America Still Unprepared, America Still in Danger
The following Executive Summary taken from the Council on Foreign Relations-sponsored Independent Task Force report entitled, America Still Unprepared, America Still in Danger, should give you a sense of the pressing concerns the United States (US) faces as it strives to ensure the safety of the American people. Immediate action is required if we are to prevent future attacks on US soil.
The Task Force, led by former Senators Warren Rudman and Gary Hart, includes two former Secretaries of State, two former Chairmen of the Joint Chiefs of Staff, a former Director of the Central Intelligence Agency (CIA) and the Federal Bureau of Investigation (FBI), and some of the nation’s most distinguished financial, legal, and medical authorities and was directed by one of the country’s leading authorities on homeland security, Council Senior Fellow Stephen Flynn.
Dedicated to creating a necessary sense of urgency and to helping get the necessary things done, the report warns “if the nation does not respond more urgently to address its vulnerabilities, the next attack could result in even greater casualties and widespread disruption to our lives and economy.”
This Task Force report has made an outstanding contribution to informing how we should proceed in the post-September 11 security environment. Shame on us if we do not pay heed both to the warning and wisdom of what is outlined in its pages.
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“When you see the multiple attacks that you’ve seen occur around the world, from Bali to Kuwait, the number of failed attacks that have been attempted, the various messages that have been issued by senior al-Qaeda leaders, you must make the assumption that al-Qaeda is in an execution phase and intends to strike us both here and overseas; that’s unambiguous as far as I am concerned.”
—George Tenet, Director, Central Intelligence
Testimony before the Senate Select Committee on Intelligence, October 17, 2002
A year after September 11, 2001, America remains dangerously unprepared to prevent and respond to a catastrophic terrorist attack on US soil. In all likelihood, the next attack will result in even greater casualties and widespread disruption to American lives and the economy. The need for immediate action is made more urgent by the prospect of the United States going to war with Iraq and the possibility that Saddam Hussein might threaten the use of weapons of mass destruction (WMD) in America.
The Task Force recognizes that important and generally salutary measures have been undertaken since September 11 to respond to the risk of catastrophic terrorism, including pending legislation to create the Department of Homeland Security, which should be enacted on an urgent basis. Yet, there is still cause for concern. After a year without a new attack, there are already signs that Americans are lapsing back into complacency. Also, a war with Iraq could consume virtually all the nation’s attention and command the bulk of the available resources. President Bush has declared that combating terrorism requires a war on two fronts—at home and abroad. The Task Force believes the nation should respond accordingly. It outlines a number of homeland security priorities that should be pursued with the same sense of urgency and national purpose as our overseas exertions.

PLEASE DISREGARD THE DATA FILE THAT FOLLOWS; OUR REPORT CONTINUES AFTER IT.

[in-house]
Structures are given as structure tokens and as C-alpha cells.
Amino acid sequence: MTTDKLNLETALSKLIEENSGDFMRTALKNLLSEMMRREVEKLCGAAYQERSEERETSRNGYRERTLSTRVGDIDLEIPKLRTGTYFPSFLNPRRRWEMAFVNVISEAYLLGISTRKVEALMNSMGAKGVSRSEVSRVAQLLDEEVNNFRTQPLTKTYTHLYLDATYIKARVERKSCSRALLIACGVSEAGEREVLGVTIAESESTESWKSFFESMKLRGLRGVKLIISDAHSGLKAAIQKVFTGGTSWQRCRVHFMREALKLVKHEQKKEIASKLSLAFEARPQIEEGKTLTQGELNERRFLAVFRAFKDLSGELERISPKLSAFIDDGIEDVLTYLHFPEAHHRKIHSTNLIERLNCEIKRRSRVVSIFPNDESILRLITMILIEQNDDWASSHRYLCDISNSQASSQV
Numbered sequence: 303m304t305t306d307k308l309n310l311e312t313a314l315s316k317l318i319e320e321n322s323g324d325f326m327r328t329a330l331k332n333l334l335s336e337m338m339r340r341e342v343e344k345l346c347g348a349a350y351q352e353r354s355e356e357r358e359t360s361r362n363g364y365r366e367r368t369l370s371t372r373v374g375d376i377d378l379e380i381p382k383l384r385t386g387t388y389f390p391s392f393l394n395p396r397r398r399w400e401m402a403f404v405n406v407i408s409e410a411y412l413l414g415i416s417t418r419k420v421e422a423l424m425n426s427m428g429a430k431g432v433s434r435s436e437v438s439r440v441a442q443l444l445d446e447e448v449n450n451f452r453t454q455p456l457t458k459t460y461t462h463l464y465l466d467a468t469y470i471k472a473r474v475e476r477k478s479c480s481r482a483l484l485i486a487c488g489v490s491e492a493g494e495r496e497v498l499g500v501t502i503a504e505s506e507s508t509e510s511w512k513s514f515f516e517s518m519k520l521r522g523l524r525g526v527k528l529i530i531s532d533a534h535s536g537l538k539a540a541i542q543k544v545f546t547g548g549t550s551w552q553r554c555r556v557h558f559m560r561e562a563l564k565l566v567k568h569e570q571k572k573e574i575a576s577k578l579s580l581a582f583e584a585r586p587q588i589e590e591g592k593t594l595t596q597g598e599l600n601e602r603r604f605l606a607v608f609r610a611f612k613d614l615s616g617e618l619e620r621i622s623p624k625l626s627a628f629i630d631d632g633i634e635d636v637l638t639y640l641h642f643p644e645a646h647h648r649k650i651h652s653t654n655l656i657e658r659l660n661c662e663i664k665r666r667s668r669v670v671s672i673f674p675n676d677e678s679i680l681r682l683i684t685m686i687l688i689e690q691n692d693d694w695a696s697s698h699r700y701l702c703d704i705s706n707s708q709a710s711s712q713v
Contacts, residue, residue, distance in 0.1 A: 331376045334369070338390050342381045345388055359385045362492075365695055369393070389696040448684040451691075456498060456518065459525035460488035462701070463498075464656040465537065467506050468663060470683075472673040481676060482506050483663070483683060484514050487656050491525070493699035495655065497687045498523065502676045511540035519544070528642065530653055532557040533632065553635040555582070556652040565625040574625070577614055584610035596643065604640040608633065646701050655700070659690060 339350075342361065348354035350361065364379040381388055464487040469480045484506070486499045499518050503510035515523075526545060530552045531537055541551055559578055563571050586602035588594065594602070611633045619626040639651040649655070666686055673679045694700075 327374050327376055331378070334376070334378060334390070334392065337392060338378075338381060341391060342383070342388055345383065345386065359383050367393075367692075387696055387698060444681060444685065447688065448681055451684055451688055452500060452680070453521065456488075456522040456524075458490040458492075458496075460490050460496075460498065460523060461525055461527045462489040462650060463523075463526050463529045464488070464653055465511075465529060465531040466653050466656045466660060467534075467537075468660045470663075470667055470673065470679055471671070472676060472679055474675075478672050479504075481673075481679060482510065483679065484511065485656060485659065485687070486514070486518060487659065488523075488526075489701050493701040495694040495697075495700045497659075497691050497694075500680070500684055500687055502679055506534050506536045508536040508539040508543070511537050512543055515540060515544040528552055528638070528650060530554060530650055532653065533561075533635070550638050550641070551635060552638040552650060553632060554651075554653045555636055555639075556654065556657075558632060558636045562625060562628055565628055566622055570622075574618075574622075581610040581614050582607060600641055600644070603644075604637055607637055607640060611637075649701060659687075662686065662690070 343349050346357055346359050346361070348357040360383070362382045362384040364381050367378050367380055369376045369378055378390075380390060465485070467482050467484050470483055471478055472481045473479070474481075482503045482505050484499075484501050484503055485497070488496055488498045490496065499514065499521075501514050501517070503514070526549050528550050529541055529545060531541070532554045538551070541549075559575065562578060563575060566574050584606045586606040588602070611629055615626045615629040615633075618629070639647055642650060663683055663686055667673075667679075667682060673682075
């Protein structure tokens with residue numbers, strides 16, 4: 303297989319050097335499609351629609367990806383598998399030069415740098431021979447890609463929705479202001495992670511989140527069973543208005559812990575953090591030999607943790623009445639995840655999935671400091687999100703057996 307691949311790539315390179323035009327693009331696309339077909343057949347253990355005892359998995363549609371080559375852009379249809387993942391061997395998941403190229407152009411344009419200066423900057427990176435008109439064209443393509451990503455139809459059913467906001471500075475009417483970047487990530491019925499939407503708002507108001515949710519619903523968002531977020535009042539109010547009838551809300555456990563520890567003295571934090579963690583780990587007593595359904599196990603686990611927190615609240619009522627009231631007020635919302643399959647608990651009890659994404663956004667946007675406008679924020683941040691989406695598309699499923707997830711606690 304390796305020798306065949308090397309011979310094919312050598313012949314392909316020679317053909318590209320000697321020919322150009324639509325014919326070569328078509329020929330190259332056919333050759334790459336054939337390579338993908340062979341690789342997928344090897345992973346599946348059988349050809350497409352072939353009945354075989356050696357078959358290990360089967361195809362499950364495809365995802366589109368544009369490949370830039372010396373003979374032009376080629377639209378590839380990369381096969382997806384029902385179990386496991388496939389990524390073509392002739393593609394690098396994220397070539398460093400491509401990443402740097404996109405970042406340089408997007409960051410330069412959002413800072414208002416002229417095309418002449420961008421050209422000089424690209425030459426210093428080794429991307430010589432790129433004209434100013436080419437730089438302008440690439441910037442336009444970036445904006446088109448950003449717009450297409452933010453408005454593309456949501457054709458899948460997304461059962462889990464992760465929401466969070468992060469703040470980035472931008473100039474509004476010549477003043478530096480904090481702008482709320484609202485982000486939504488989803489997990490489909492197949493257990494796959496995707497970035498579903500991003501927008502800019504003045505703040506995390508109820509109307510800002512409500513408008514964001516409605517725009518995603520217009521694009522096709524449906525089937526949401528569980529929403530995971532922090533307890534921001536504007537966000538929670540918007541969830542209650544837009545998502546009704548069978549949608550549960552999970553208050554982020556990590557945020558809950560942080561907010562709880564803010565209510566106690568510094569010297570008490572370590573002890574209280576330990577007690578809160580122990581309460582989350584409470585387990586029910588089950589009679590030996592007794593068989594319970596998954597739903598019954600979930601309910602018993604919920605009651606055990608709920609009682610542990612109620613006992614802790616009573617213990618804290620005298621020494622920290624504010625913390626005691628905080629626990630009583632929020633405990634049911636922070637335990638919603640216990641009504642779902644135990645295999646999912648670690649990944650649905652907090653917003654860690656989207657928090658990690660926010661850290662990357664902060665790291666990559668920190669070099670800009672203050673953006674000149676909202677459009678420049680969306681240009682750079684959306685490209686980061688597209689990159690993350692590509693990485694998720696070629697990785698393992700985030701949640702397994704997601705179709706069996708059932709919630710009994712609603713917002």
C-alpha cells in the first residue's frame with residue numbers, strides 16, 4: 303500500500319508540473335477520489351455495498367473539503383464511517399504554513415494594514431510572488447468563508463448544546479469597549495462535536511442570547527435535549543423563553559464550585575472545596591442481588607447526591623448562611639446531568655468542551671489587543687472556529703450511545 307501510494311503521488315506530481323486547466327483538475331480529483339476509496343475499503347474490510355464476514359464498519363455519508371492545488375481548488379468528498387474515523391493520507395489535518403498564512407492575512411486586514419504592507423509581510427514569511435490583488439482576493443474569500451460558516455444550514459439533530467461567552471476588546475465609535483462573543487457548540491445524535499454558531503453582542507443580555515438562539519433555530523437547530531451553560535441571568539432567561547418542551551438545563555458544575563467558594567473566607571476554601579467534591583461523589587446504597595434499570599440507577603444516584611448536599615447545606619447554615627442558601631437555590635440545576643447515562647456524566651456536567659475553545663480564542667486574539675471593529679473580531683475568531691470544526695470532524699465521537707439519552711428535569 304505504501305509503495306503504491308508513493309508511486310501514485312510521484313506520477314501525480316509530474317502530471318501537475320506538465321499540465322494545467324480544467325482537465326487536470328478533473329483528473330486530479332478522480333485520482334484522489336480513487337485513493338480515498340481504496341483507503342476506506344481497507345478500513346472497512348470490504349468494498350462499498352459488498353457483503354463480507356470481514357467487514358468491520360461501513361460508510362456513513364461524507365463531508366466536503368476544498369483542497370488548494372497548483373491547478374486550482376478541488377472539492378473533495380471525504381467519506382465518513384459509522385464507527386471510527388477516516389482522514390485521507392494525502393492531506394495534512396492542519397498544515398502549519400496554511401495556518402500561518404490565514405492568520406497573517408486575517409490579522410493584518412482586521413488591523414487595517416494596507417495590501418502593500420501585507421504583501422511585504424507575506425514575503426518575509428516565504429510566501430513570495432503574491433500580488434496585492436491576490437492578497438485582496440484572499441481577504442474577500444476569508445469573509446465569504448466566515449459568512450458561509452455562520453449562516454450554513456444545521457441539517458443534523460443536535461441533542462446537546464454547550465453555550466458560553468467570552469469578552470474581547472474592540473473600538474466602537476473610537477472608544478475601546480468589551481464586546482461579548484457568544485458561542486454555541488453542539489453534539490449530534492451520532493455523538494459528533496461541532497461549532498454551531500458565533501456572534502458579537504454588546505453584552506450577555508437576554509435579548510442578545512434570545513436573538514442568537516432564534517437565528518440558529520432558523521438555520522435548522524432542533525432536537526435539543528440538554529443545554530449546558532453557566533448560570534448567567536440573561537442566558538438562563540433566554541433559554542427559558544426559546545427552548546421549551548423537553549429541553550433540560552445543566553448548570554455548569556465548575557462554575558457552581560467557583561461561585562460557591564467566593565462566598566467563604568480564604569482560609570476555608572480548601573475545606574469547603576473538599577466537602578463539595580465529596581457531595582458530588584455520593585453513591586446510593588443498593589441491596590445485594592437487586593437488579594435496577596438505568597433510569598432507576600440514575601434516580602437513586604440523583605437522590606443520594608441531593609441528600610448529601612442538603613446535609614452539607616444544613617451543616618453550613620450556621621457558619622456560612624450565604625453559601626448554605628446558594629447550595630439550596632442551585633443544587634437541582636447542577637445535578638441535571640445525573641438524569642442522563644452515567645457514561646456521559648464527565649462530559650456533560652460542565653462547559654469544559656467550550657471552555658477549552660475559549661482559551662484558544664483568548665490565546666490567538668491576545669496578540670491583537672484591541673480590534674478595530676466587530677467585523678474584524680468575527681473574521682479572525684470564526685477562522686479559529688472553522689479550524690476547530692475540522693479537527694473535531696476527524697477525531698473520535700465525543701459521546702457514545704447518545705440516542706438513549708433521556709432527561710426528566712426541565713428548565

Among the risks that the United States still confronts:
- 650,000 local and state police officials continue to operate in a virtual intelligence vacuum, without access to terrorist watch lists provided by the US Department of State to immigration and consular officials.
- While 50,000 federal screeners are being hired at the nation’s airports to check passengers, only the tiniest percentage of containers, ships, trucks, and trains that enter the United States each day are subject to examination—and a weapon of mass destruction could well be hidden among this cargo. Should the maritime or surface elements of America’s global transportation system be used as a weapon delivery device, the response right now would almost certainly be to shut the system down at an enormous cost to the economies of the United States and its trade partners.
- First responders—police, fire, emergency medical technician personnel—are not prepared for a chemical or biological attack. Their radios cannot communicate with one another, and they lack the training and protective gear to protect themselves and the public in an emergency. The consequence of this could be the unnecessary loss of thousands of American lives.
- America’s own ill-prepared response could hurt its people to a much greater extent than any single attack by a terrorist. America is a powerful and resilient nation, and terrorists are not supermen. But the risk of self-inflicted harm to America’s liberties and way of life is greatest during and immediately following a national trauma.
- An adversary intent on disrupting America’s reliance on energy need not target oil fields in the Middle East. The homeland infrastructure for refining and distributing energy to support the daily lives of Americans remains largely unprotected to sabotage.
- While the overwhelming majority of the nation’s critical infrastructure is owned and operated by the private sector, significant legal barriers remain to forging effective private public partnerships on homeland security issues. These include potential antitrust conflicts, concerns about the public release of sensitive security information by way of the Freedom of Information Act (FOIA), and liability exposure.